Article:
I tend to go for (B) rather than (A), although if the session gets a bit hard, it may end up close to (A).

I tend to allow a bit of leeway on the Maximum side, say up to 5 beats over to cope with the odd spike on the HR, but back off if it gets up there consistently.

The point to remember is that the 70% is supposed to be a maximum ceiling for the effort, so being a bit below it is fine, but being significantly over it means you won't have had adequate recovery when you do the next Hard piece. Err on the side of caution.

(I do end up doing the occasional 75% piece when I get the pacing out, or if it is significantly warm, but try to keep these to a minimum).

As the book says, it feels strange to cap your effort at such a low level, but I can honestly say that it works and allows you to train harder and smarter in the long run.
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Post by Thomas W-P » Fri Sep 08, 2006 9:11 pm

I am working a little javascript function to tell people their bands. I will put it under the "Tools" section.

I am planning to use the Concept2 descriptions of the bands as follows.
Concept 2 wrote:
  • UT2: Utilisation 2. Light aerobic, low intensity work. Sustainable and fat burning.
  • UT1: Utilisation 1. Heavy aerobic work using more oxygen.
  • AT: Anaerobic Threshold. Harder work. On the aerobic limit. Pushing into anaerobic area.
  • TR: Oxygen Transportation. Working hard. Unsustainable for long periods.
  • AN: Anaerobic (without oxygen). Short bursts of maximum effort. Unsustainable. Burning carbohydrate.
Would you add anything?
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Post by Thomas W-P » Fri Sep 08, 2006 10:38 pm

I have now done this. I just used the whole C2 table and referenced it.

http://www.freespiritsrowing.com/conten ... e=hr_bands
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Post by jainser » Fri Sep 08, 2006 11:18 pm

Mike, figures so far

Max HR: 203
Resting: 58

85% - 181 - Threshold Floor
70% - 160 - Recovery Ceiling

Brain picking time!! That 70% recovery ceiling seems high to me, I have to row around 2:00/500 to get that, now after a while a can still hold a conversation but I feel like I'm going hard certainly not on a recovery session. Please don't get this wrong I'm not giving it the big man I'm so fit lark but it just seems high. Puddles of sweat on the floor etc (too much detail I know but trying to make a point!)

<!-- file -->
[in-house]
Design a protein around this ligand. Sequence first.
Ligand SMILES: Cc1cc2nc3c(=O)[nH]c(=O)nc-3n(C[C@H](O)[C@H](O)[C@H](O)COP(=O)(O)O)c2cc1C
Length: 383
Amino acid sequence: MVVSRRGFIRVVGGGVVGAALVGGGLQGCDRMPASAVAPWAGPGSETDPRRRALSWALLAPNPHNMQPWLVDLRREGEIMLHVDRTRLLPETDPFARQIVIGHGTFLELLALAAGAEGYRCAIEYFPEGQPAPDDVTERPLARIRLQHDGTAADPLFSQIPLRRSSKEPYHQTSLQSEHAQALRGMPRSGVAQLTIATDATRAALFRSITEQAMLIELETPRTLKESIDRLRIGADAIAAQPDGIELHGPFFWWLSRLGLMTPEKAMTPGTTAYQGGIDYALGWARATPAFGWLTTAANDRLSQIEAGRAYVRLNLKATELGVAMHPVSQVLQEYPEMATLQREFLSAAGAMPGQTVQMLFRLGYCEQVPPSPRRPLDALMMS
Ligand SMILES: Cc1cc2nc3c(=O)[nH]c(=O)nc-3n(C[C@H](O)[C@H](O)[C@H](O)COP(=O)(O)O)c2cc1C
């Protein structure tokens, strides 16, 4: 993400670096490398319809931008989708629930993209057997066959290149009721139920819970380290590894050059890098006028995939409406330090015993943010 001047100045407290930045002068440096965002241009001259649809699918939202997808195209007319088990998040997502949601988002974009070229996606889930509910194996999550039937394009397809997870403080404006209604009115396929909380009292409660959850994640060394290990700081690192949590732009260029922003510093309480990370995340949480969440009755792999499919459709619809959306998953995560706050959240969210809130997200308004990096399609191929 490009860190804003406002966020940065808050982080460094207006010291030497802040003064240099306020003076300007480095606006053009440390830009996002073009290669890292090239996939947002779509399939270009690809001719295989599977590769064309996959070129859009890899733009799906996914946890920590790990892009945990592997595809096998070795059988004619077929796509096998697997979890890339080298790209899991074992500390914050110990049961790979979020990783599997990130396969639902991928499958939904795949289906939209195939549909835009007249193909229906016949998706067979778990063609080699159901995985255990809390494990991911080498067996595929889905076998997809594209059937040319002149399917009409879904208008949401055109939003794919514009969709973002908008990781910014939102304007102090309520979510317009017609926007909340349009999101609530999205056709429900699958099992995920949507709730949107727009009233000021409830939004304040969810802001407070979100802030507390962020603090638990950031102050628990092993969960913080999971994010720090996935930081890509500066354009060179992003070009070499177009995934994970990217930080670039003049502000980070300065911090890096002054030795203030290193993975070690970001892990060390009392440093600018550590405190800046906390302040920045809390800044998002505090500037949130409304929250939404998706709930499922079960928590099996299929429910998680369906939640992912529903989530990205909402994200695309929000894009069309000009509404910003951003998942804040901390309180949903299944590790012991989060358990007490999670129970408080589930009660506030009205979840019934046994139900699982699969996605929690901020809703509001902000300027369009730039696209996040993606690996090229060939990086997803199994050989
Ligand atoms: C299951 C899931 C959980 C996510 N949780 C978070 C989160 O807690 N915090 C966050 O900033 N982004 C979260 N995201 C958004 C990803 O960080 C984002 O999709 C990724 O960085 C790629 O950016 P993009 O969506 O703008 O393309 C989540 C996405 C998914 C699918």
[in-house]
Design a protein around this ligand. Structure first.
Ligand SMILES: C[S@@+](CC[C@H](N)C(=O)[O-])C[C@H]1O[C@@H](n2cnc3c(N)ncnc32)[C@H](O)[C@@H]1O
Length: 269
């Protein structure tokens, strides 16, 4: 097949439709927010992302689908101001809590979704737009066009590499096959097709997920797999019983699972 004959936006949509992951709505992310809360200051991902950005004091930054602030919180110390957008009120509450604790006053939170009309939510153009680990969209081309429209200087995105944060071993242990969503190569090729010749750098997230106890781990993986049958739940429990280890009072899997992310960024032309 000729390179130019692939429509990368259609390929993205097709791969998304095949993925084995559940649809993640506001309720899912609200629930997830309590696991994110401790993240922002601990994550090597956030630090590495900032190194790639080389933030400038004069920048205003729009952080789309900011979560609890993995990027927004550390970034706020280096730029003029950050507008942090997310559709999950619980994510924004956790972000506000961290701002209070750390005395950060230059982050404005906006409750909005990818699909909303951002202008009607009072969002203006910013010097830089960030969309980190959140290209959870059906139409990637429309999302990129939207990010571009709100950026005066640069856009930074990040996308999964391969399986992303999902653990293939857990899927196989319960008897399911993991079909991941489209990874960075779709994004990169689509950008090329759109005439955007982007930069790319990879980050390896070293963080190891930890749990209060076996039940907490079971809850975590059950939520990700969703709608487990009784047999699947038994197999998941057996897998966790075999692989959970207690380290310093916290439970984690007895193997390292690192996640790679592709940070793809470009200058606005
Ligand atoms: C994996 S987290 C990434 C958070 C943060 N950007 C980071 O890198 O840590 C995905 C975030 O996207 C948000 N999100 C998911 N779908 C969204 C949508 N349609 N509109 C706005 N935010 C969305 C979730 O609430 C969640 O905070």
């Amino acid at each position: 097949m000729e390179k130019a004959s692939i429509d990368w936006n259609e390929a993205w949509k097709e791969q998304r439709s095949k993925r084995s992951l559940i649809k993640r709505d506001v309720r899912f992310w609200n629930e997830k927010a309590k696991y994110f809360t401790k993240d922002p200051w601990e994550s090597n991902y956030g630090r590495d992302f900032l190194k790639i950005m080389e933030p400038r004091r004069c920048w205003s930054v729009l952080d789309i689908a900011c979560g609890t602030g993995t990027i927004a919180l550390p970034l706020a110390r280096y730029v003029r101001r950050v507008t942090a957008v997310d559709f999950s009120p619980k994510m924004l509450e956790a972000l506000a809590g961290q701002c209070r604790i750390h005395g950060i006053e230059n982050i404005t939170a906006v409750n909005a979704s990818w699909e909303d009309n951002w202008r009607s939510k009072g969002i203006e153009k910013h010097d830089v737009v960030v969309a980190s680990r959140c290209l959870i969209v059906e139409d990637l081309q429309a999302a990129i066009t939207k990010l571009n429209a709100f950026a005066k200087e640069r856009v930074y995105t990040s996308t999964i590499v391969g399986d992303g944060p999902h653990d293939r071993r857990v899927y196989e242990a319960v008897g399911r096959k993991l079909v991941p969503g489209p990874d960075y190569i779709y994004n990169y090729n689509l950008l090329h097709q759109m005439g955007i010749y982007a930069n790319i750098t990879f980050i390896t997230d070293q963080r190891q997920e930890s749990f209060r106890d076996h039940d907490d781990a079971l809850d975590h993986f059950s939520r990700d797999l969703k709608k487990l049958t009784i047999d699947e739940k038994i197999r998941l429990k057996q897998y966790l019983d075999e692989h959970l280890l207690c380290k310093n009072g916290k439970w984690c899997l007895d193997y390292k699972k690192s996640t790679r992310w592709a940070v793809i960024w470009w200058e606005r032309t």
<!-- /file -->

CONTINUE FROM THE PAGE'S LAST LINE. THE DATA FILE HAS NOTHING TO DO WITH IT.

I rowed a fast 10k today and most of the row I was at around 180, only towards the end the old HR crept upto 190+
Now on my large days I don't always want to do a fast 10k or similar rows to get my HR up to around 180 - what else can I do? I Know this is the right way for my training.
New to this HR training and your brain seems like a good target!! Book is good but no subsitute for a good brain picking!!!!
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Post by BigWaveDave » Sat Sep 09, 2006 11:00 pm

Thanks to all for the posts and information, will be buying the heart rate monitor for the PM3 and take it to the next level.

cheers

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Post by Mike Channin » Sun Sep 10, 2006 12:35 am

Ok Jainser, I'm assuming your Max value was from an actual reading. This looks accurate, as the rates you report in your 10k would probably point to a max of about that. And the RHR must be from actual readings too.

Your calculations are correct, so the values you have are good.

Now to using them. If you feel the 70% value is too high, remember that it is a maximum. If you feel uncomfortable at that level, there is no issue in reducing it - it is a maximum to prevent overtraining. You may well be sweating a fair bit, even at/below recovery threshold - it is a good fat burning level, so feeling warm is just a sign your metabolism is doing its thing and providing energy to use.